Inflation hasn't forced Americans to stay home on their vacations, says travel writer Robert S. Kane. "People are still traveling," he says. "It's just more of a challenge and takes imagination for families -- or even for couples -- to go places."

Currently the travel editor of "50 Plus" magazine, Kane's "A to Z" travel features appear regularly in newspapers around the country. He is the author of 13 "A to Z Guides," three of which have been published in paperback by Rand McNally.

He has these suggestions for cost-cutting vacations: In the United States

Be a day-tripper. Take one-day excursions to historic sites, beaches, parks. Most state's tourism departments offer free literature outlining possible day trips.

Stay at inexpensive motels. "There are about a dozen really cheap motel chains that operate regionally and nationally," says Kane, who lists Day's Inn, Swiss Chalets and La Quintas. "They have very attractive rooms for about $20 double occupancy plus a couple bucks more per child."

Camp out. National and state parks often have camp grounds with cabins and tent sites. Many, like those in the U.S. Virgin Islands, are booked a year ahead, but with advance planning offer great, low-cost accomodations.

In the West, Kampgrounds of America operates locally-owned camp sites. "Retired couples," says Kane, "are increasingly finding that recreational vehicles pay for themselves over time in the savings on hotel fees."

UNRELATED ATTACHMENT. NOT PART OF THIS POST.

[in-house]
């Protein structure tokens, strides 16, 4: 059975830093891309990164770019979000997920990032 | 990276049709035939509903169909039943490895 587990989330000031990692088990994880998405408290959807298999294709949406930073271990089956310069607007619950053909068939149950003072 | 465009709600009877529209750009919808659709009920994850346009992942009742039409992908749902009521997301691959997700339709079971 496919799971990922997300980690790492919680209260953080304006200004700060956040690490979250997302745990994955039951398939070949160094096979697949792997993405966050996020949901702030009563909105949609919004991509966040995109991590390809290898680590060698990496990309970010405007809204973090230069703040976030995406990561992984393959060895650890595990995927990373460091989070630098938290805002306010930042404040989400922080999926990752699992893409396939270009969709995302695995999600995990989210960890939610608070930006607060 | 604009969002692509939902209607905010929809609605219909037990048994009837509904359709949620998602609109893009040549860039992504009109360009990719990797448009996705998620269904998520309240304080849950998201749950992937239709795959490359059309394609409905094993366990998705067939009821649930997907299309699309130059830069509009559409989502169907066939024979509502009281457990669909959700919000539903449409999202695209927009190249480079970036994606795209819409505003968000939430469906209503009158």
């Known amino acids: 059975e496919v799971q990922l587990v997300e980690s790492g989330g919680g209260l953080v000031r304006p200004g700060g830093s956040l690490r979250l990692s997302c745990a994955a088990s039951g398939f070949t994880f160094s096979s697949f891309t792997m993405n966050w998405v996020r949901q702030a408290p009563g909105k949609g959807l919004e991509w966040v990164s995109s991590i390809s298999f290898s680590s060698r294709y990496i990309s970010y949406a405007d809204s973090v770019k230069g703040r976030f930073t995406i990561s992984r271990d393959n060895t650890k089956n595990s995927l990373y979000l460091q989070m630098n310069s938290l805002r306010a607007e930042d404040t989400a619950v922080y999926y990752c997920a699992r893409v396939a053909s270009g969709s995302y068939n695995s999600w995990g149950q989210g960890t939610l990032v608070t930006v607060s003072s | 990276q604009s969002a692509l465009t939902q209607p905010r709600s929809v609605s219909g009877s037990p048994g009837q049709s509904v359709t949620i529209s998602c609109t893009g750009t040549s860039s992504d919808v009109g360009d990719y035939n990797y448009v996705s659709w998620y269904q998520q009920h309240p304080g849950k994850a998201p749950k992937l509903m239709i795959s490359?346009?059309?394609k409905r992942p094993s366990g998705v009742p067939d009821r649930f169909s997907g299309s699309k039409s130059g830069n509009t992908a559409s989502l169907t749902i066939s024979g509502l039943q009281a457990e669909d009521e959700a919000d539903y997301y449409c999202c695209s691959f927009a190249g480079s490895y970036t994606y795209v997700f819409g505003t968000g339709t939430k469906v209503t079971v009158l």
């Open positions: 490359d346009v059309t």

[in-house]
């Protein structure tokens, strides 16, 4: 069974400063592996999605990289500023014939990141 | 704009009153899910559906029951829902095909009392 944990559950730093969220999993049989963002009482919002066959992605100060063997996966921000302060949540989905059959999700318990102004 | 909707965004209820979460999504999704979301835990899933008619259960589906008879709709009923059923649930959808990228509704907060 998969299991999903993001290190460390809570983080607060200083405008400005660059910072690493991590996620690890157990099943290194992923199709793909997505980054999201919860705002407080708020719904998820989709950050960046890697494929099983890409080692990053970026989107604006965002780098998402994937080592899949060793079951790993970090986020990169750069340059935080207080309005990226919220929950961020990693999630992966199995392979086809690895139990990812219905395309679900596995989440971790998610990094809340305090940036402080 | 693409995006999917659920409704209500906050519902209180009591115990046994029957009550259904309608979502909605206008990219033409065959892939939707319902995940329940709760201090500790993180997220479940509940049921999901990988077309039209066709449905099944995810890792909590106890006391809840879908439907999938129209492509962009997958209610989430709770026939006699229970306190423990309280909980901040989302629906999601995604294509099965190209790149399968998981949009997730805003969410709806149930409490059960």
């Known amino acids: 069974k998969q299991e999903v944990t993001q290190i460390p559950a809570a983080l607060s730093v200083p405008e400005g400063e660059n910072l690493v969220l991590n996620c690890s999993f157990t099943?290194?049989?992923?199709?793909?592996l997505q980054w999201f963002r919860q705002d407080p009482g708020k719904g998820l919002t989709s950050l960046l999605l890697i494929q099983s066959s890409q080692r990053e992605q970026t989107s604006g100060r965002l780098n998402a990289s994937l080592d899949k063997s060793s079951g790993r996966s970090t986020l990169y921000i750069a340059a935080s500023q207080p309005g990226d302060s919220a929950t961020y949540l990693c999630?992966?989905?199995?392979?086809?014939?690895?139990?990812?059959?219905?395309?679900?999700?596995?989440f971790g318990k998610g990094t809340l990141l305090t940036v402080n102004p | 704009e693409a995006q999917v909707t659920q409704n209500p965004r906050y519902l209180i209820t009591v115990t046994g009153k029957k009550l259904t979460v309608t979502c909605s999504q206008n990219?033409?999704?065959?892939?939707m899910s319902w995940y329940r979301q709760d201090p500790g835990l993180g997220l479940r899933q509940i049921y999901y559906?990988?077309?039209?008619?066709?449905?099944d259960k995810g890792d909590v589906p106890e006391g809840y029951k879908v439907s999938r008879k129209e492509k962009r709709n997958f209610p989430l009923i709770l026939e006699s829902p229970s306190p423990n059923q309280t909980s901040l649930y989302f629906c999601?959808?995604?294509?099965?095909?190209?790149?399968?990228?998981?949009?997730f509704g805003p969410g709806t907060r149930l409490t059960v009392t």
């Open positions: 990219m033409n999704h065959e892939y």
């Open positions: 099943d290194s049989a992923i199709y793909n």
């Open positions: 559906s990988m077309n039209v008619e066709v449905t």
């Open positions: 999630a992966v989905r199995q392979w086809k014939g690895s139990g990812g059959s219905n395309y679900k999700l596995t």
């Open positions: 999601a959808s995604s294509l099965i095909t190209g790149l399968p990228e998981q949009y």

Escape for the weekend. Top quality hotels in major cities (like New York and Washington) often feature special weekend packages -- including extras like meals, theater tickets, champagne and sightseeing -- for a fixed price. Often these hotels are part of a major chain, and offer these deals in their off-season.

Write your state's tourist office. Lean about low-cost vacation options in your own backyard. "Some states," he says, including Kentucky and West Virginia, "run moderately priced hotel chains in their state parks." a

Plan ahead. If you'll be visiting a large city, write their convention or visitor's bureau for tourist information. If you're going to a small town, contact their chamber of commerce. Transportation

Explore promotional air-fare deals. Many airline "super-save" deals require booking the flight several weeks in advance, have stipulations on minimum and maximum lengths of stay and carry penalties for changes or cancellation. Read the newspaper's travel section to keep up-to-date on good deals or consult a trusted travel agent.

"The biggest competition for passengers now," Kane says, "if for flights between the United States and London. So shop around for the best deal. The competition is also keen on flights to Frankfort, Germany."

Consider training or busing to your destination. Check into special passes and tours offered. Abroad

Visit resorts during their off-season for the best rates. In the Caribbean, for example, rates drop 30 to 50 percent during the summer.

Stay in middle-class hotels. Europe can offer excellent value if you avoid the luxury class hotels. Miscellaneous Money Savers

Buy a wheeled luggage cart to save on porter's tips. "I call it my baggage schlepper," says Kane. "You may get dirty looks from bell hops, but it's worth it."

When abroad, shop where the natives do. "Major department stores in countries like Spain and Germany," he says. "have the best buys.They also have good services like inexpensive cafeterias and shoe repair."

Food specialties from Europe, says Kane, "make inexpensive, but nice gifts." Some ideas -- mustards, sherry, wines, chocolate, tea, tinned cookies.